If it seems like we’ve been here before, well, we have. The stakes just happen to be sky-high this time with a spot in the state championship on the line Saturday afternoon when Ashland takes on Fort Thomas Highlands.
Highlands defeated Ashland 84-75 in the season opener in Fort Thomas on Jan. 4. The Tomcats were 8-for-28 from 3-point range and fell behind 18-4. That snapped the 33-game winning streak and put the undefeated season in the rearview mirror.
It was one of the pivot points of the season, according to coach Jason Mays, because it showed the Tomcats this was a new season. The friendly ghosts were gone.
Cole Villers scored 32 in the opener and Ashland fought back to get into the game. It was one of several key games against high-caliber competition that proved to the Tomcats they could play with anyone.
Sam Vinson scored 30 and Highlands was 8-for-19 on 3-pointers in that one.
THREE-FOR-ALL: Ashland was 10 of 17 and Highlands hit 11 of 18 from 3-point range in quarterfinal victories Friday night.
PLAY IT AGAIN: Ashland and Highlands have met only one other time in Sweet 16 history. The Tomcats dropped a 13-11 semifinal decision way back in 1924. That was four years before Ashland’s first boys state championship in 1928.
SWEET 16: This is the 16th time the Tomcats have reached the state semifinals and the first time since the 1996 team made it to the state championship game before falling to Paintsville.
Ashland has been six times since 1961. The Tomcats lost a heartbreaker that year against Ohio County. They fell in 1977 to Louisville Valley in the semifinals to end a 30-win season. The 96 team, of course, won its semifinal game to reach the finals against Paintsville.
The Tomcats also won the semifinal game in 1961 against Wheelwright en route to the state title and then won in 1962 before losing in the state championship game.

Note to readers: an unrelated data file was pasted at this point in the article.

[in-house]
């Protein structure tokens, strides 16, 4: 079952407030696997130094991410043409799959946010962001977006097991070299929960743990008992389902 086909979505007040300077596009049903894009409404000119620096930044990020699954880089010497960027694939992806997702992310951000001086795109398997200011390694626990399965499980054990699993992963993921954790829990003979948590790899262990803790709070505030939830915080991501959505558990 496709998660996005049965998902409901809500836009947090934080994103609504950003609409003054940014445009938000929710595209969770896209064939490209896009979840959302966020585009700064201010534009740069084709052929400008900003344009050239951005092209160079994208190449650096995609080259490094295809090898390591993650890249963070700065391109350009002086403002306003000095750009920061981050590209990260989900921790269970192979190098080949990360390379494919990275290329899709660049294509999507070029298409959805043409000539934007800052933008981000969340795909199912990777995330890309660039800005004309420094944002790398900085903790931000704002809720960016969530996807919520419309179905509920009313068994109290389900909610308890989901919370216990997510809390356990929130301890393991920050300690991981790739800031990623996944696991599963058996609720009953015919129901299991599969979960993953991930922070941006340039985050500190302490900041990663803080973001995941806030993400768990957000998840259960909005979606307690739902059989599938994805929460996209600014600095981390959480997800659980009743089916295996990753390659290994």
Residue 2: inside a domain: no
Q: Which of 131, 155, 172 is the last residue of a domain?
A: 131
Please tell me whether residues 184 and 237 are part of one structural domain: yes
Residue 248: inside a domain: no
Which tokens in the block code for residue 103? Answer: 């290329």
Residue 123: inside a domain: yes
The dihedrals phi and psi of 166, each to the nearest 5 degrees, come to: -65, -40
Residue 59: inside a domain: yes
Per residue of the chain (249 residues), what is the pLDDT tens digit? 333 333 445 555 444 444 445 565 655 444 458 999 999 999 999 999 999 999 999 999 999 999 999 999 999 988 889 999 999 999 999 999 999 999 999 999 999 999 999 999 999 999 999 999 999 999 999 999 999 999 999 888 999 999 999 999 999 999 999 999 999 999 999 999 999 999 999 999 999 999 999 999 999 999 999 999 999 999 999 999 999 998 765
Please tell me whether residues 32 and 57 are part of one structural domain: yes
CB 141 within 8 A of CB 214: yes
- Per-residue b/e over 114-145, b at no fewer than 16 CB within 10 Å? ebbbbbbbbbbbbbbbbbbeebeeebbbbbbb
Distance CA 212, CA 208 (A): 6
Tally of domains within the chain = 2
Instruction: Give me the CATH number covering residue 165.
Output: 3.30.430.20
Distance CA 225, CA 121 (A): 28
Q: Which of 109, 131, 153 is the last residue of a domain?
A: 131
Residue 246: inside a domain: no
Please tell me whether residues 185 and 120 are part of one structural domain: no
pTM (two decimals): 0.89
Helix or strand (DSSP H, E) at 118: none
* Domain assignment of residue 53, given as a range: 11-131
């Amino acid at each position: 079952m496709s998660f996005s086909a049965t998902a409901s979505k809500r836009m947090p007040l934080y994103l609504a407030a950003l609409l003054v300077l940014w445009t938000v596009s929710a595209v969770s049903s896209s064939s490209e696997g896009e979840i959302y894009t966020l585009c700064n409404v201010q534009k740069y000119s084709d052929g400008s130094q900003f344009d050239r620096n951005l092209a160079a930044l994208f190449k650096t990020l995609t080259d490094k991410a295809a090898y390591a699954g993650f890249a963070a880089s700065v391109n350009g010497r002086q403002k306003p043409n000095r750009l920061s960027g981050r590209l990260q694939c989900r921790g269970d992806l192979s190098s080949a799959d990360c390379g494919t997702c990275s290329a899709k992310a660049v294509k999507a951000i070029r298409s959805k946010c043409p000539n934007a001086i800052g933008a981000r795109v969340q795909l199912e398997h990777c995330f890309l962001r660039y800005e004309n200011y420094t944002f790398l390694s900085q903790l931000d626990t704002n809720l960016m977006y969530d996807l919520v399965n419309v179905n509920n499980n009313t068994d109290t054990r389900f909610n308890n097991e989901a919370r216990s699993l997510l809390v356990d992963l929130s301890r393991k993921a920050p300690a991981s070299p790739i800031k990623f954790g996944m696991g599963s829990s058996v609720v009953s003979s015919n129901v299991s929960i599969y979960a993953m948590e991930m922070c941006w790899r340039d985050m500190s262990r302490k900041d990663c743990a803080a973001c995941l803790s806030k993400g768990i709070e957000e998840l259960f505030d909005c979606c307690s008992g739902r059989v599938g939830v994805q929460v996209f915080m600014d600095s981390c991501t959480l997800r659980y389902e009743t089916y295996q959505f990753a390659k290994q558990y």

Ashland has an 8-7 record in semifinal appearances.
BRINGING THE HEAT: Ashland’s 80-44 victory over Boyle County in the quarterfinals was the biggest margin of victory in Tomcat history in the Sweet 16. The previous high was the 61 Tomcats 77-51 victory over Louisville Seneca.
Friday’s game brought out the mercy rule running clock before the 6-minute mark of the third quarter.
LONE FOOTBALL CHAMP: Ashland’s win over Boyle County also made the Tomcats the lone school still alive in the field that also had a football championship during the school years. Four schools came into the Sweet 16 with that football title already in their hip pocket. But only the Tomcats remain.
LISTEN UP: I listened to Dicky Martin a lot in Friday’s quarterfinals and it was well worth it even though he was ahead of the telecast by a few minutes. There was absolute delight in his voice calling the lopsided victory. He urged – make that begged – Ashland fans to show up Saturday afternoon.
Martin remembered back to 1961 when his father Dick – the VOICE of those Tomcats – called his mother and told her to get Dicky down here because “we’re going to win it.” Dicky was only seven years old but his father understand the importance of winning a state tournament. It hasn’t happened since.
“Please come support these kids,” Martin said Friday. “They’re playing their guts out for you. And I believe we’re going to win it.”
The semifinal game is at 2 p.m.. If you can’t make it down, watch it on nfhsnetwork.com. If you haven’t already subscribed, it’s still worth the $10.99 subscription fee for a month.